The Andantes
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Left to right: Jackie Hicks, Louvain Demps, and Marlene Barrow
The Andantes were a driving force in creating the Motown's "The Sound of Young America." Providing enhancing vocals for many Motown records (mostly unaccredited) the Andantes played an important part in the success of Motown Records.
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The Andantes consisting of Jackie Hicks, Marlene Barrow and Louvain Demps provided flawless, but largely unaccredited studio backing on countless Motown hits. The group acquired its name while Hicks and Barrow were singing with Emily Phillips, at Hartford Baptist Church in Detroit. It was their piano accompanist Mildred Dobey that gave the girls that name telling them it meant soft and sweet.

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Louvain Demps was born April 7, 1938 in New York. Raised in Detroit and attended Pershing High.

Like any new business, cash flow problems plagued Motown, Raynoma Liles along with future husband Berry Gordy, developed the Rayber Music Writing Company.   Rayber was formed in order to help young Detroit performers to find outlet for their songs prior to Motown. They advertised on a local radio station and caught the ear of their first paying client, Louvain Demps in 1959.

Marlene and Jackie attended Northwestern High School with pianist Richard Wylie who brought the Andantes to Motown in 1960. Wylie had already landed an audition and wanted the girls to be his backing group. Things didn't work out for Wylie, but the girls were invited to stay. Emily got married and her husband didn't want her to sing so she left. It was at this time that Louvain Demps was invited to join the Andantes who historians say appeared on more than 20, 000 recording sessions. At first they took a back seat to the Rayber Singers who consisted of Raynoma, Berry, Robert Bateman, Brian Holland, and anyone else hanging around. When running Motown escalated, Louvain took Miss Ray's place in the Rayber Singers who disbanded around 1962 when the Temptations, and the Supremes started doing sessions. Early Andante assignments included Eddie Holland's Jamie and Mary Well's "Laughing Boy."

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Over the next few years the were on numerous Motown recording. An example of their work were the opening chords to the Four Tops "Ask the Lonely." The Andantes would have welcomed a career of their own, but there was only one single "Like A Nightmare" released with the Andante name while they were at Motown. Even on that Motown brought in Ann Bogan to sing lead. Though the single had much potential Motown didn't promote it because the group did not make live appearances. Their smooth, quality, chorale sound was so valuable that Motown never gave them a chance to record on their own. Though not allowed to record for any other company Hicks and Barrow can be heard on some of Jackie Wilson's hits including "Higher and Higher."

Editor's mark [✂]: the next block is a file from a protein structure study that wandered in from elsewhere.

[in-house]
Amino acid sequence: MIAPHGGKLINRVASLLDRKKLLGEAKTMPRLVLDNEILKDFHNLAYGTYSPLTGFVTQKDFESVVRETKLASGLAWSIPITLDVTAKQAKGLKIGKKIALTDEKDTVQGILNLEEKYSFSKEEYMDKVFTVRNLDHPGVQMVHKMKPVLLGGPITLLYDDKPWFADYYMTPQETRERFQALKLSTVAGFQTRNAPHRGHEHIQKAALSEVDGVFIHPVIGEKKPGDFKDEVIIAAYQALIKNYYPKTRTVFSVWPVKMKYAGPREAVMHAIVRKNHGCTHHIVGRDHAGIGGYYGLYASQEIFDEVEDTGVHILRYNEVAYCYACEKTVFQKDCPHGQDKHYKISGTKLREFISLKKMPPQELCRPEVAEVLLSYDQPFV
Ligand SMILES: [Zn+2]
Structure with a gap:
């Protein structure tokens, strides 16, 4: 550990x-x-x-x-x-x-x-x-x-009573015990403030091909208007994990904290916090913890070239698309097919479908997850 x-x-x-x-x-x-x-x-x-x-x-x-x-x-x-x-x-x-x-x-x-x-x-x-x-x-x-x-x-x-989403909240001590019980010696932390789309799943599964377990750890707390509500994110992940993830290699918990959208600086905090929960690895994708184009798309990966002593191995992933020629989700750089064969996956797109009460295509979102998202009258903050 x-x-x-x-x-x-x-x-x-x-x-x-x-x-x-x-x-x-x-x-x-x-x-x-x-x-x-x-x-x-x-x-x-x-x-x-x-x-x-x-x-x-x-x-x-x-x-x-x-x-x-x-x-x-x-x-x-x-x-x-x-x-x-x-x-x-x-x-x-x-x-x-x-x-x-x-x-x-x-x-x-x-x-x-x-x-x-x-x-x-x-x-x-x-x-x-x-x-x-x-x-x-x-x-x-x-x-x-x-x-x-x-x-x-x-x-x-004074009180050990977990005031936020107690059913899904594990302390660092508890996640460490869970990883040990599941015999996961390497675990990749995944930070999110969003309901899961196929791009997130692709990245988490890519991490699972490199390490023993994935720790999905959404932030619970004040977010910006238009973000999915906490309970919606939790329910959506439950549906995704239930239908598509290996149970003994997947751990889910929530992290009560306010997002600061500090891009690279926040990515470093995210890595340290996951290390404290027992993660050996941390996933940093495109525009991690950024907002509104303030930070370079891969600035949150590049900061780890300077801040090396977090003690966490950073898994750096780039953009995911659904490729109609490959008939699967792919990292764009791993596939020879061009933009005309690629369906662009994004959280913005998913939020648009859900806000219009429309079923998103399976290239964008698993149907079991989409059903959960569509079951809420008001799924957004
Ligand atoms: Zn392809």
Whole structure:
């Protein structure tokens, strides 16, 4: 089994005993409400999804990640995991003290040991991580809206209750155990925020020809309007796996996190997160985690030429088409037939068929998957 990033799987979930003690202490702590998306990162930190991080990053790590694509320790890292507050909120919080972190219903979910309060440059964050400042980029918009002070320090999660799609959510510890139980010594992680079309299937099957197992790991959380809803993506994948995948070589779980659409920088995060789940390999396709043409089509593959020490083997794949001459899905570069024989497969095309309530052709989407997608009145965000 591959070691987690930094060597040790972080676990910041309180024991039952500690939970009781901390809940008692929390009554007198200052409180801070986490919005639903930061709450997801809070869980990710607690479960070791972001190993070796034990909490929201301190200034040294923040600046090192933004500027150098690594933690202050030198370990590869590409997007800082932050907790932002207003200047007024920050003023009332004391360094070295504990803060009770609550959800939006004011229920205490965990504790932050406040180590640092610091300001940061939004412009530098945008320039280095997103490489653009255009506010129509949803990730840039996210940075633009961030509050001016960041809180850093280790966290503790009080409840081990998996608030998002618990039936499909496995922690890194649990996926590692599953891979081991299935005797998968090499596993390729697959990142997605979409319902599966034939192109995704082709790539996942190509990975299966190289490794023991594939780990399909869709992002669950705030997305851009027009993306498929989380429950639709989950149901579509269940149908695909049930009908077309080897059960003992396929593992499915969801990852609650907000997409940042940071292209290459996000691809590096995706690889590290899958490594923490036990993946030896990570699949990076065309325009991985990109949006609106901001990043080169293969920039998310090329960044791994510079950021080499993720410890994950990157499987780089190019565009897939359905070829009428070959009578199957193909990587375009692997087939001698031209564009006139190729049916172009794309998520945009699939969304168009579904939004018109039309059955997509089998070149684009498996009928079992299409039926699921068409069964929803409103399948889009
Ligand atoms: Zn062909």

In 1966 when Florence Ballard of the Supremes became more and more unreliable often missing performances Marlene Barrow was used as a substitute. Starting in 1967 the Andantes were used on all the Supremes, replacing Mary Wilson and Cindy Birdsong.

The Andantes continued doing their background work on Marvin Gaye's "I Heard It Through the Grapevine."  The Andantes were used to smooth the Marvelettes' infectious, but shaky harmony, they also used them on the Four Tops for high end and  backed Martha Reeves on every Martha & the Vandellas' recording after Annette Beard left.

As the 60s ended work for the group began to end. When Motown made its move to Los Angeles in 1972 the Andantes were left in Detroit.

With less work now, Louvain receded a contract offer from ABC-Dunhill Records which ultimately fell through. She then received an offer of work in Atlanta, Georgia and the Andantes disbanded.

In the 70s Demps recorded for GRC Records, later joined the Richard Law Singers and recorded the soundtrack for the movie Black Scarlet in 1974. She also recorded jingles for local news and the show Look Up Atlanta. Besides  singing, Demps is employed as a governess and became an evangelist.  Louvain's brother, Larry "Squirrel" Demps sang with the Dramatics.

Hicks and Barrow eventually gave up singing. Marlene settled down to raise a family in Detroit. Jackie lives in Detroit too. Both are fundraisers for the Motown Museum.  The Andantes also record for Ian Levines's Nightmare Records  The tracks include a remake of the Fascinations' "Girls Are Out To Get You," as well as "Two Sides To Love," "Hurricane," "Lightening Never Strikes Twice," and a new "Like A Nightmare."

The Rayber Voices
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L to R - Robert Bateman, Raynoma Gordy, Sonny Sanders, Brian Holland
The Rayber Voices were a group of backing singers at Motown in the late 1950s and early 1960s.